Wednesday December 15, 2021 BY SANJAY MYERS Senior staff reporter – firstname.lastname@example.org
JAMAICA’S Reggae Boyz interim Head Coach Paul Hall says he is confident that with the right attacking intent, in addition to unwavering commitment and focus from players, his team could “strike fear” in its Concacaf opponents.
The Jamaicans, who have only one victory in eight Concacaf qualifying matches, are sixth in the eight-team table with seven points. And with six matches remaining they continue to harbour slim hopes of advancing to next year’s football World Cup.
Canada lead the final-round qualifiers with 16 points, ahead of United States (15), Mexico (14), Panama (14) and Costa Rica (nine). Seventh-placed El Salvador have six points, while Honduras (three) are in last place.
“The pressure is there… we know what we have to do. There is no hiding away from the fact that we need to pick up points. I believe that we’ve got the players to be able to pick up those points and really strike fear into the rest of the Concacaf group,” Hall, who was last week announced as Theodore ”Tappa” Whitmore’s successor, said during a press conference on Monday.
“The squad must be committed — that’s one thing that I’ve always shown and I would expect commitment from each and every player,” he added.
“It’s very, very difficult to change the personality of the team in the short term because we are looking for results and we are just looking to pick a team and a squad that’s gonna get us results. However, I do like to press really high, I do like to make sure that the team is attack-minded and pass the ball around [with] possession-based play,” the former Jamaica forward explained.
He emphasised that quickly winning the ball back, ball movement, and getting into forward positions in “a controlled manner” as much as possible are central to how he wants the Reggae Boyz to play.
“I like to build play, I like to get the midfield players on the half turn, playing [the ball] forward.
“We have got players who can receive the ball and keep the ball in those deep-lying midfield areas. We’ve just got to make sure that we create situations for us to not lose the ball and really focus on keeping the ball. I want to have thinking players who can think on the spot and understand what the opposition is doing and react quickly,” he said.
Given the talent within the Jamaica squad, Hall, who was Whitmore’s assistant for the opening eight qualifiers, reasoned that lack of confidence might have contributed to the Boyz stuttering campaign to date.
“We just haven’t relaxed and played and shown what we really can do. My job is to get those players to relax and just play a bit more confidently and trust themselves and trust each other. Hopefully, we can play a bit more freely,” he told journalists.
After a horrid start to the final-round qualifiers, the Reggae Boyz are unbeaten in their last three matches: a 2-0 win away to Honduras, followed by 1-1 results away to El Salvador and at home to United States.
In San Salvador last month, the Jamaicans were denied all three points when they conceded a last-gasp goal after scoring late themselves. But for Bobby Reid’s glaring second-half miss and Damion Lowe’s late-headed goal being controversially disallowed, the Boyz might have taken all three points against USA in Kingston.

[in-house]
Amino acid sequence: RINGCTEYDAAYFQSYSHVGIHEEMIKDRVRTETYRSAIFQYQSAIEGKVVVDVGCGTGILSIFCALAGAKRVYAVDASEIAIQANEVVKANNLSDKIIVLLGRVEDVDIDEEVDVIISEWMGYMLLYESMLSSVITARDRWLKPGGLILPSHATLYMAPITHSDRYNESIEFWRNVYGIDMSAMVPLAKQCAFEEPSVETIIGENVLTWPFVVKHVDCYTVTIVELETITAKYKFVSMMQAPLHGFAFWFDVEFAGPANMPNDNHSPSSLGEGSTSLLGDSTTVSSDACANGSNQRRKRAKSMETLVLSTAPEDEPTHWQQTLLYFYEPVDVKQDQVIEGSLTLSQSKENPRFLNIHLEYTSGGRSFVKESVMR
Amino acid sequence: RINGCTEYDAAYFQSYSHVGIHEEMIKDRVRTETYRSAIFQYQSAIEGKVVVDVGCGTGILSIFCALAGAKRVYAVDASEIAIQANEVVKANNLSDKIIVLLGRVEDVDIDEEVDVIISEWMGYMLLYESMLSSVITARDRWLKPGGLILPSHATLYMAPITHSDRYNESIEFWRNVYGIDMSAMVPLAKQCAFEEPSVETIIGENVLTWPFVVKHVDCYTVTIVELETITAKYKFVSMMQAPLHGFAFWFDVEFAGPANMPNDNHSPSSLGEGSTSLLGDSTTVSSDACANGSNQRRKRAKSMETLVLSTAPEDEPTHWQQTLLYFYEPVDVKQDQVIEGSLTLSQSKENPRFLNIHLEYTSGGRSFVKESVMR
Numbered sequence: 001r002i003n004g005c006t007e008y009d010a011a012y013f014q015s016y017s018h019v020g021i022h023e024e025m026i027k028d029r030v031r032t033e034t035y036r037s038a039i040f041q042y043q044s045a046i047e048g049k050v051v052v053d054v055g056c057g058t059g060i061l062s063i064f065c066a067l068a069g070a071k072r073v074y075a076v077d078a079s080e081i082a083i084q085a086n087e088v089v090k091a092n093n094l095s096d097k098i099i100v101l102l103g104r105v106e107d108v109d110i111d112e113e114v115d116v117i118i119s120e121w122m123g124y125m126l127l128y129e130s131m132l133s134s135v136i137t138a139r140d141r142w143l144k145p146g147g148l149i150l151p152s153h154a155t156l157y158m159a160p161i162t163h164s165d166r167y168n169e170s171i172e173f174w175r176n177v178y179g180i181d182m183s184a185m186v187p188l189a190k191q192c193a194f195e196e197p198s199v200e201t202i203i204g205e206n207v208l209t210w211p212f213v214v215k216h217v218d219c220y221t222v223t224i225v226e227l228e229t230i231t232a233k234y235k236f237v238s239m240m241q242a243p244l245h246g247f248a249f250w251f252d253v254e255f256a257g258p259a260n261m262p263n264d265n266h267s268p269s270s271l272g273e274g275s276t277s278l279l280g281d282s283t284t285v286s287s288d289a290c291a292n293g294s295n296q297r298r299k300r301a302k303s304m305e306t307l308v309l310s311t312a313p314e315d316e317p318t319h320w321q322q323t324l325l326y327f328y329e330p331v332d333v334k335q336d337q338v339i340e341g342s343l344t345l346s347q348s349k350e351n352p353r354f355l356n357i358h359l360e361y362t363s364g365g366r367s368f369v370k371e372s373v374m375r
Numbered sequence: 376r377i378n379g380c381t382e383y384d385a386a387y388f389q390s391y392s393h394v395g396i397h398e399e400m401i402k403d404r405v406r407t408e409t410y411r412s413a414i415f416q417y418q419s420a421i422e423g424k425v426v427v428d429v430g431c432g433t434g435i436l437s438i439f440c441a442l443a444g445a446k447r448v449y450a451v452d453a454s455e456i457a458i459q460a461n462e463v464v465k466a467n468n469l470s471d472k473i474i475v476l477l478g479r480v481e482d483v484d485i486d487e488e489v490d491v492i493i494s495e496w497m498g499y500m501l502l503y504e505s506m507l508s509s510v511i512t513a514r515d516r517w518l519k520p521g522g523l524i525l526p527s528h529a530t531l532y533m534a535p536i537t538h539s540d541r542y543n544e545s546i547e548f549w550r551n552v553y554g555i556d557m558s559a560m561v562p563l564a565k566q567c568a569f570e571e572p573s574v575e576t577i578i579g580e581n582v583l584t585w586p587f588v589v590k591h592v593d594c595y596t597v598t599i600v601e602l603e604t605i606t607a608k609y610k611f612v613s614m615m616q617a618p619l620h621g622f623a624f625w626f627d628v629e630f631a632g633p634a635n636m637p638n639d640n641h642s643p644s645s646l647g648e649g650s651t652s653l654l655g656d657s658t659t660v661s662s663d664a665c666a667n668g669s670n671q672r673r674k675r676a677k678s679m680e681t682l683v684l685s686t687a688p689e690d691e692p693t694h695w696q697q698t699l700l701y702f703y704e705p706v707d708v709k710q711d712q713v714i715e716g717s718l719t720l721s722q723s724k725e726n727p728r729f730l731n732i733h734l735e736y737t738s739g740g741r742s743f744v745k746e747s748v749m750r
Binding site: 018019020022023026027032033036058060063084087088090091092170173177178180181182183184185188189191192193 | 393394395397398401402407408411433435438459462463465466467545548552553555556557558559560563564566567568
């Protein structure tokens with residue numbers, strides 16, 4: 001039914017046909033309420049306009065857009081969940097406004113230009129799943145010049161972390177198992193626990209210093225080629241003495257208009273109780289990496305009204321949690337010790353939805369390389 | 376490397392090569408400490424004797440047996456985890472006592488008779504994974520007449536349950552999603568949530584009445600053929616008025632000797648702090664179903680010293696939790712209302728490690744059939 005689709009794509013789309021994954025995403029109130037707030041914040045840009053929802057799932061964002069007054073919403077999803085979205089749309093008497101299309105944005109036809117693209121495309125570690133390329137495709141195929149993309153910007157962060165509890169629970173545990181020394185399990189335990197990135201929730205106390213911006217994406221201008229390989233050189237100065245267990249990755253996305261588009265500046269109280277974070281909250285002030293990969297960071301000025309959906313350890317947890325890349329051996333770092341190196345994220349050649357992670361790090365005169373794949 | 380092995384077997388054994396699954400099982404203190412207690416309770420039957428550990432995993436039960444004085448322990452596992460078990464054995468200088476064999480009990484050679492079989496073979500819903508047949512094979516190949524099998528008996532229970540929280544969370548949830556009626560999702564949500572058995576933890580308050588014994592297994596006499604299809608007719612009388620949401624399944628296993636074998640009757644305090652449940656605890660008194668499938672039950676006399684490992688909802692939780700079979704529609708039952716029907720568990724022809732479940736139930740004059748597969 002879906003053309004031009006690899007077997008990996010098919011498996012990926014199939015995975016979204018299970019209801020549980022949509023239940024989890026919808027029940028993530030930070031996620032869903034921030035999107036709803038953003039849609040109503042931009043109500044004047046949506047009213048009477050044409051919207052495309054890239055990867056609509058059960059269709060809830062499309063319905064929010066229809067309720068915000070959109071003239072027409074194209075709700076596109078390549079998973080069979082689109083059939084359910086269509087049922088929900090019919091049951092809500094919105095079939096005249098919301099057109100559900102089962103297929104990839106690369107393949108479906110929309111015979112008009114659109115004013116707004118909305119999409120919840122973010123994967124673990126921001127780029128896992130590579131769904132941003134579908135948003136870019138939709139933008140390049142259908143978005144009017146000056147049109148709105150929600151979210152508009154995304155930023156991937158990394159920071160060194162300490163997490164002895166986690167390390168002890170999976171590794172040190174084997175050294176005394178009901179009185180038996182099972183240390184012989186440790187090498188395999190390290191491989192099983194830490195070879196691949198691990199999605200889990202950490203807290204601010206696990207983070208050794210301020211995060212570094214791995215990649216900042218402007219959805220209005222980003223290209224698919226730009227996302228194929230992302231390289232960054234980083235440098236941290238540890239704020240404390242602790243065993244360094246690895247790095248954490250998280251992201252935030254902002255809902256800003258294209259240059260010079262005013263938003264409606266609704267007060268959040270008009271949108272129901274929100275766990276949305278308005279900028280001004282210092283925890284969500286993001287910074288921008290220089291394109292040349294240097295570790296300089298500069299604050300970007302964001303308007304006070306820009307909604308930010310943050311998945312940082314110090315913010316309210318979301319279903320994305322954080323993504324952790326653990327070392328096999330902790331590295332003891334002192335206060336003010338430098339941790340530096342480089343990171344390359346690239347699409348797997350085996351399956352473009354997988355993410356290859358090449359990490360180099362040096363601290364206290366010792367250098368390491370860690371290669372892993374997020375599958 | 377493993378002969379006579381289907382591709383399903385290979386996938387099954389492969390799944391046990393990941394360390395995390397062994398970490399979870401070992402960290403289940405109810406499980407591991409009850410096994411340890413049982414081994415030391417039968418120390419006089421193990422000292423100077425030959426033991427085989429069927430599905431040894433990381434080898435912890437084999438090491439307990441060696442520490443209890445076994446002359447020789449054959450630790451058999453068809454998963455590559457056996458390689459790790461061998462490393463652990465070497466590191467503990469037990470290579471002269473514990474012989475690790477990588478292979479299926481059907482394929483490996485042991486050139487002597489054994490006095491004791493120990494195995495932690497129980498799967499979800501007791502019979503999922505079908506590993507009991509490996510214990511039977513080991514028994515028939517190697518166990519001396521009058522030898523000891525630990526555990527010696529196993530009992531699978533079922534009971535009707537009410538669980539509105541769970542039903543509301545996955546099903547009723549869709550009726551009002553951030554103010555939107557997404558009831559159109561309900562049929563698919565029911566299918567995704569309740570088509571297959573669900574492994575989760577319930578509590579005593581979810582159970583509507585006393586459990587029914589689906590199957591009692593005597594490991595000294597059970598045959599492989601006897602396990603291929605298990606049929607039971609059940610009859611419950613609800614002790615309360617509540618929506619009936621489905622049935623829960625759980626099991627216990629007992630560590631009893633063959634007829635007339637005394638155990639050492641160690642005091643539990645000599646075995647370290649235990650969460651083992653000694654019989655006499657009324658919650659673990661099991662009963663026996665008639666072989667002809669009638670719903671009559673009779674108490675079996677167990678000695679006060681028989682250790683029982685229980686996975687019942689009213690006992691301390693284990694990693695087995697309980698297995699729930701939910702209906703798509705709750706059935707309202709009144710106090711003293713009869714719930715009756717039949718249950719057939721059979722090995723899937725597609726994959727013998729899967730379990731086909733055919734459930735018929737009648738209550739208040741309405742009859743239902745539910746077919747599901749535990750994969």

Hall noted that the team is starting to “take shape” after integrating a number of English-born players into the set-up.
The Jamaica senior men’s coach did not rule out the possibility of others joining the ranks if they prove to be assets to his team.
“It’s always good to have interest from players, especially from the top clubs in England. We have to have conversations with these players to see what their commitment is like. We know that there is a World Cup coming up and we know a lot of players will be making themselves available. If they can help us improve, brilliant, but we want people to be able to add value to what we’ve got and [to] improve us,” he said.
Hall added: “In the medium and long term we would look to try to get locally-based players to get experience around the professionals coming from England and America.”
Jamaica’s next scheduled qualifier is at home to Mexico on January 27, 2022. On January 30, the Boyz are set to face Panama away before closing the international window against visitors Costa Rica on February 2.
However, Hall’s stint is to begin with a scheduled international friendly against hosts Peru in Lima on January 20.
“We want to see what quality we’ve got with certain individuals in certain positions. We can use that as a prep game to see how [when] under fire those players will react with what I want to happen.
“We’ll try to get the players who are available or who are out of competition. What we want to do is have a look at these players outside of competition,” he said, noting that most top players will be unavailable because of club duties.
While the Reggae Boyz played their opening two home qualifiers inside an empty National Stadium as per Government’s guidelines to curb the spread of the novel coronavirus, the Jamaica Football Federation was able to allow a limited number of spectators for the USA contest last month.
Hall, who enjoyed strong support from a packed home stadium as a player during the nation’s successful run to the France 1998 World Cup Finals, said having spectators will be pivotal.
“I felt with the last game we played the momentum was starting to shift. I think that was because we had some fans inside the stadium and they were so full of energy. We’ve got four of six [remaining] games at home and we want to be able to make it a fortress and a difficult place for them to come.
“We just need all the support we can get — the positive vibe and the positive messages. Everything needs to be thrown at these last six games. It really could help us if we have that crowd in. I know for a fact it helped us when we qualified in 1997,” he said.